'Bacon responsibly': A tongue-in-cheek how-to for home cooks
Published Thursday, March 16, 2017 8:04AM EDT
Halifax is using a little humour to ensure residents know what to do after breakfast, when they’re left with a frying pan full of greasy, sizzling bacon fat.
Halifax’s water utility says too many residents are pouring bacon fat and other cooking oils down the drain, and it’s clogging up the wastewater system. So, they commissioned a video, titled ‘How to Bacon Responsibly,” to show residents the right way to dispose of the greasy leftovers.
It begins with all the bacon-laced recipes one could imagine cooking or baking at home, including bacon-apple pie.
“Bacon is a fantastic ingredient which gives you the power to make anything taste better,” the narrator says in the video’s opening.
James Campbell, of Halifax Water, says they are trying to use a little bit of humour to try and shed some light on a pretty serious problem.”
The video uses a simple experiment to shows what happens when cooking fat gets into the wastewater system. It’s known as a “fatberg” (like iceberg, get it?).
When such a large amount of fat cools and then hardens into a something the size of a bus, water utilities must send large trucks with vacuums to suck up the “fatbergs” and properly dispose of them. It’s an added cost to the city: The trucks are expensive and the endeavour requires hard labour.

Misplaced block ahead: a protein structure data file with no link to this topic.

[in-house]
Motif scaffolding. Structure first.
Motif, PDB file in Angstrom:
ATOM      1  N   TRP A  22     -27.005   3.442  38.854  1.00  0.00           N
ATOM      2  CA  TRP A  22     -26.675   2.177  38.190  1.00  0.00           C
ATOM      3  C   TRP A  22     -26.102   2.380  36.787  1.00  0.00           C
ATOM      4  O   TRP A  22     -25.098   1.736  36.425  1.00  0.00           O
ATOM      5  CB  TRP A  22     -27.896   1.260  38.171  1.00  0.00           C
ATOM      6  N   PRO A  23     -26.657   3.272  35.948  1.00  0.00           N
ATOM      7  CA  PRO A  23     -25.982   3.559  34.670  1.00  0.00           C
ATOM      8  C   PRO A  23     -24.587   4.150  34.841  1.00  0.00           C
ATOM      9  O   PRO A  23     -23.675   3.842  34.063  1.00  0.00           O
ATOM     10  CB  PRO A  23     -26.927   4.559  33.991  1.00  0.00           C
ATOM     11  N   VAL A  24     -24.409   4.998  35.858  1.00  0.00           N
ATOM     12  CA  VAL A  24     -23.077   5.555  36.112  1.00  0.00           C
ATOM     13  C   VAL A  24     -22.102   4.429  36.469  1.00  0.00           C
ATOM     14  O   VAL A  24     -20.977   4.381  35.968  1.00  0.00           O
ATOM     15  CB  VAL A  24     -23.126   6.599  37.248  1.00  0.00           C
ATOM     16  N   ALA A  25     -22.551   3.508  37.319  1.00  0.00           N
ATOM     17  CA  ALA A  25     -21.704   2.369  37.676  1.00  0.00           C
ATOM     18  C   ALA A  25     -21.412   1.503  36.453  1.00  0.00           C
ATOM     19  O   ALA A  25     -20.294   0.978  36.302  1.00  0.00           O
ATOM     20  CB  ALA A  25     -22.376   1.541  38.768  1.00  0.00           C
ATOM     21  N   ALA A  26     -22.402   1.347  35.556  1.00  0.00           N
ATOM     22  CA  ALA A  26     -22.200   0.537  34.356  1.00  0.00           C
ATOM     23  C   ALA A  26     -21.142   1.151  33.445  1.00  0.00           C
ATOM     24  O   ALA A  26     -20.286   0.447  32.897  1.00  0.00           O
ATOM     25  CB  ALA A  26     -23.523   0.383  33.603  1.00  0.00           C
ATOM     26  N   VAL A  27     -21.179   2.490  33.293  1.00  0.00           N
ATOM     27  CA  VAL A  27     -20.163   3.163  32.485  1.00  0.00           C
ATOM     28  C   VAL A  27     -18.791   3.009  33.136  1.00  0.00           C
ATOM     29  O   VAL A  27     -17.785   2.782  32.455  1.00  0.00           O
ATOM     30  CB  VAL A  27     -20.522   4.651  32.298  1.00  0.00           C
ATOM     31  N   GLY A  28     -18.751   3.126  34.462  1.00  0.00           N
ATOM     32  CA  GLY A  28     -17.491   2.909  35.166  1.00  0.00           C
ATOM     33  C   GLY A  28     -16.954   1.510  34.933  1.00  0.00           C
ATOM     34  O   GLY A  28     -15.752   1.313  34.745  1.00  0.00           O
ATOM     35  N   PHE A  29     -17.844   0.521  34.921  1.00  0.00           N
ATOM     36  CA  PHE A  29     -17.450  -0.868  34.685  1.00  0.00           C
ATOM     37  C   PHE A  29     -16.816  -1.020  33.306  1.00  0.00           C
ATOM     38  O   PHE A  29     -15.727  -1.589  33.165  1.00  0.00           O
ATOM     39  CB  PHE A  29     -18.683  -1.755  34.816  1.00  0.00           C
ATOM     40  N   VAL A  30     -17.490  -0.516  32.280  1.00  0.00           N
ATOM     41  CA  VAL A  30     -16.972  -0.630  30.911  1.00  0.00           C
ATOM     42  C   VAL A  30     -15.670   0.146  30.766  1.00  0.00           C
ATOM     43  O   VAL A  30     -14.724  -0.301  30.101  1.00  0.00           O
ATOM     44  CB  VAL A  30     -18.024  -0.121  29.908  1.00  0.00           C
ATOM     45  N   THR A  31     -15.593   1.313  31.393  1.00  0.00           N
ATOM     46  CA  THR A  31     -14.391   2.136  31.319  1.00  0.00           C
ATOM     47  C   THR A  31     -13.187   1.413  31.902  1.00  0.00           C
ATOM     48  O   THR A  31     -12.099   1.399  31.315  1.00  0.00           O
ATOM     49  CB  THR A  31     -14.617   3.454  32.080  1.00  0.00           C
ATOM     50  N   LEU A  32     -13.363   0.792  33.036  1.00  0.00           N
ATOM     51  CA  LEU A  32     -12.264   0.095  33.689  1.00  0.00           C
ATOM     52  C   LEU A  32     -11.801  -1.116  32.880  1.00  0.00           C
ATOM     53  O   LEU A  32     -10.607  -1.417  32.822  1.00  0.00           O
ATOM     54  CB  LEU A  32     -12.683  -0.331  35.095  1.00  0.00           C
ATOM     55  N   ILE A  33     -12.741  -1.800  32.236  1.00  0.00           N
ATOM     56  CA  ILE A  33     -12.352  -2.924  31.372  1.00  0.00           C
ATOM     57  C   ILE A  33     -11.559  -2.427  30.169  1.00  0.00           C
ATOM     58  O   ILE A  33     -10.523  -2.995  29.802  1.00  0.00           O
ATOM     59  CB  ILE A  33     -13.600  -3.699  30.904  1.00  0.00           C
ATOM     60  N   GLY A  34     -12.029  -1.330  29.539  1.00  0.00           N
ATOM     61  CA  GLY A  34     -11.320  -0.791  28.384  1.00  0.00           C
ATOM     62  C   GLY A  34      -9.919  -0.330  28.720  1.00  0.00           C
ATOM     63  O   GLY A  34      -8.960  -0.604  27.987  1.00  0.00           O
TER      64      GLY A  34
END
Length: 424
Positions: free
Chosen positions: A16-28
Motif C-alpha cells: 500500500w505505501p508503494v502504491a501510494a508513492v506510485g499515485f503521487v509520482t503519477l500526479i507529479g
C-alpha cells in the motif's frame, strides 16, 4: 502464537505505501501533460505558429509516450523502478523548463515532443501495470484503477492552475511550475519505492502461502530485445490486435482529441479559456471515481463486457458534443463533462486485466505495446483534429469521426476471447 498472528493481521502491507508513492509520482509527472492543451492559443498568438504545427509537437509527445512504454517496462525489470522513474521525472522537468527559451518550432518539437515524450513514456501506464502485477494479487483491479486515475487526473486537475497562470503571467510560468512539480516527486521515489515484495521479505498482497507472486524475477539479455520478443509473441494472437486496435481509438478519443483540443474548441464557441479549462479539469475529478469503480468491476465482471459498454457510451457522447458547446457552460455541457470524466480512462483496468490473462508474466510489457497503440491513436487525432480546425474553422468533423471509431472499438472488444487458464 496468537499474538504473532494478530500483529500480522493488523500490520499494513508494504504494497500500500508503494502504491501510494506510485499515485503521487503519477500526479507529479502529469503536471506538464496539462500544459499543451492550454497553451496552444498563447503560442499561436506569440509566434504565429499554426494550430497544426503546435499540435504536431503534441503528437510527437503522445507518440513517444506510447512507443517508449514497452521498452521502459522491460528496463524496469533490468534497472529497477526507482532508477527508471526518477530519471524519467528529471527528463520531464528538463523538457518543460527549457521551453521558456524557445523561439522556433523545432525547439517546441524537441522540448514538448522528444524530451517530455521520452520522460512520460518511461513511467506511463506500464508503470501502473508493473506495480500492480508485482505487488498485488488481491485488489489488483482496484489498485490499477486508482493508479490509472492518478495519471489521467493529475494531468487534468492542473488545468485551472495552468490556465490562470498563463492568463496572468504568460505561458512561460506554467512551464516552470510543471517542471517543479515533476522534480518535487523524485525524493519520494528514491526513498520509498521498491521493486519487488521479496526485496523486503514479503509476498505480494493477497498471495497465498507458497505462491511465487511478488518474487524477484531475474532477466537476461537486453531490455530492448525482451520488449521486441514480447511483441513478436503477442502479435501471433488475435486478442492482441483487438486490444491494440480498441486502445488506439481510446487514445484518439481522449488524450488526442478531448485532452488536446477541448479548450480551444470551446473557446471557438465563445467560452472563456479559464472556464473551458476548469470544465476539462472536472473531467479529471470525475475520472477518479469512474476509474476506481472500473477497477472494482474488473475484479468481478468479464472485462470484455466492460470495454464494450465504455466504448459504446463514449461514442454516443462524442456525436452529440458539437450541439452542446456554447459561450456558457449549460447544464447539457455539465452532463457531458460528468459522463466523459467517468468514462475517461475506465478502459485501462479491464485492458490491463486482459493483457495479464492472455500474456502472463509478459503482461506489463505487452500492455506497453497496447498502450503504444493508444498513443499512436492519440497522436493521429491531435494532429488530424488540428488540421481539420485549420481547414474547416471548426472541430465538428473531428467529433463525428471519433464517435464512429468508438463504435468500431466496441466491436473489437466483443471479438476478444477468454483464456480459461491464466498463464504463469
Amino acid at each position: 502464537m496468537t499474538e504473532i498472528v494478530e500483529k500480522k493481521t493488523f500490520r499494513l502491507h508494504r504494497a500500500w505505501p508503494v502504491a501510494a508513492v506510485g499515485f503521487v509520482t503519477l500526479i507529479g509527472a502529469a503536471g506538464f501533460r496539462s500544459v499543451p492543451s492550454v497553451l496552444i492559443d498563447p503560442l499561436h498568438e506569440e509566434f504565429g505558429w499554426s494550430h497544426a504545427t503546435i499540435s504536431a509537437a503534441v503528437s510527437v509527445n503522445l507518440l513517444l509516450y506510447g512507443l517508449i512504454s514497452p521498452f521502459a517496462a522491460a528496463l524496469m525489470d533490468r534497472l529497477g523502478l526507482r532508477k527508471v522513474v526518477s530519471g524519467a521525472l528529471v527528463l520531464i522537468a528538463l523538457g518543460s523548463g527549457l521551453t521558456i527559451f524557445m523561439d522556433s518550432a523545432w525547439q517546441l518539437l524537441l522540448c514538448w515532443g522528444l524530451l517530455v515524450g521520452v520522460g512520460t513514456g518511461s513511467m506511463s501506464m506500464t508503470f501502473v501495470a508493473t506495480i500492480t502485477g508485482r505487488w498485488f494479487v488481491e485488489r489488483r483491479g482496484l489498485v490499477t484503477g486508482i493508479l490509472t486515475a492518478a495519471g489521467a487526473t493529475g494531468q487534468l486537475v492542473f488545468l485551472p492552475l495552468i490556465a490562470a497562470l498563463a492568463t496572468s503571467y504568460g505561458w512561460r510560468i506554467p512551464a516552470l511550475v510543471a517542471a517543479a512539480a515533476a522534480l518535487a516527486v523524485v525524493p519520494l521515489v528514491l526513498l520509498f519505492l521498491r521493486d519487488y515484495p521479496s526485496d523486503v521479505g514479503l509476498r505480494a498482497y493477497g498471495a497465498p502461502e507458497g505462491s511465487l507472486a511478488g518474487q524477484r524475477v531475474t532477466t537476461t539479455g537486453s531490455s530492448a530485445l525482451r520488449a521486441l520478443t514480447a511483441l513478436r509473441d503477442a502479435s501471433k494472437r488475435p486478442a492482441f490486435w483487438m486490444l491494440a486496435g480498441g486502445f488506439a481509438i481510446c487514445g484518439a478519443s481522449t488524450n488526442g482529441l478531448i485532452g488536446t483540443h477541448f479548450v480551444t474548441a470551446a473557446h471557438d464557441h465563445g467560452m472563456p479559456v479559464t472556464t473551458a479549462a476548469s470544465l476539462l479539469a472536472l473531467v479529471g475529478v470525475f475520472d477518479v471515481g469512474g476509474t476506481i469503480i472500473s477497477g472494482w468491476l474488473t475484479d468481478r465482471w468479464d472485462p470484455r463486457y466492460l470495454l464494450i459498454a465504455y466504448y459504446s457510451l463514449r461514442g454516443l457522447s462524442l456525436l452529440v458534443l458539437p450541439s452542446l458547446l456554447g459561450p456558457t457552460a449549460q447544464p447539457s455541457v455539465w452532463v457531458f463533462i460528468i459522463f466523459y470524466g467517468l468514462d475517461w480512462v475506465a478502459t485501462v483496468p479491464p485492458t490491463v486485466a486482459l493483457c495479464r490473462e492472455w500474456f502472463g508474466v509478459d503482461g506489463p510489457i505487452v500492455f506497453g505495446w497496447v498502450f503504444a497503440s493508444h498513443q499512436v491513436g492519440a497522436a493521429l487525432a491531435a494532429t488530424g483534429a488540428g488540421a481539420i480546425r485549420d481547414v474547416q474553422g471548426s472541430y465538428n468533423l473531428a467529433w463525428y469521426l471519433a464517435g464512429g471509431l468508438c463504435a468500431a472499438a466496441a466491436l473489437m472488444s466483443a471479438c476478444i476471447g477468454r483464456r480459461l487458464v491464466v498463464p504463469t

Some residents know what you’re supposed to do with bacon fat and other oils:
“I’ll just throw it in a can, and end up throwing it in the garbage,” one woman told CTV Atlantic.
But Halifax Water said, ideally, residents should be putting their bacon fat waste in the green organics bin.
If the notion of a “fatberg” in the public sewer system isn’t enough to frighten you, consider this: Bacon fat and other greases that are poured down the drain will clog up your home’s pipe system long before it makes its way to the city’s sewage system, resulting in a possible sewer backup into your house and an expensive repair and cleanup bill.
With a report by CTV Atlantic’s Ron Shaw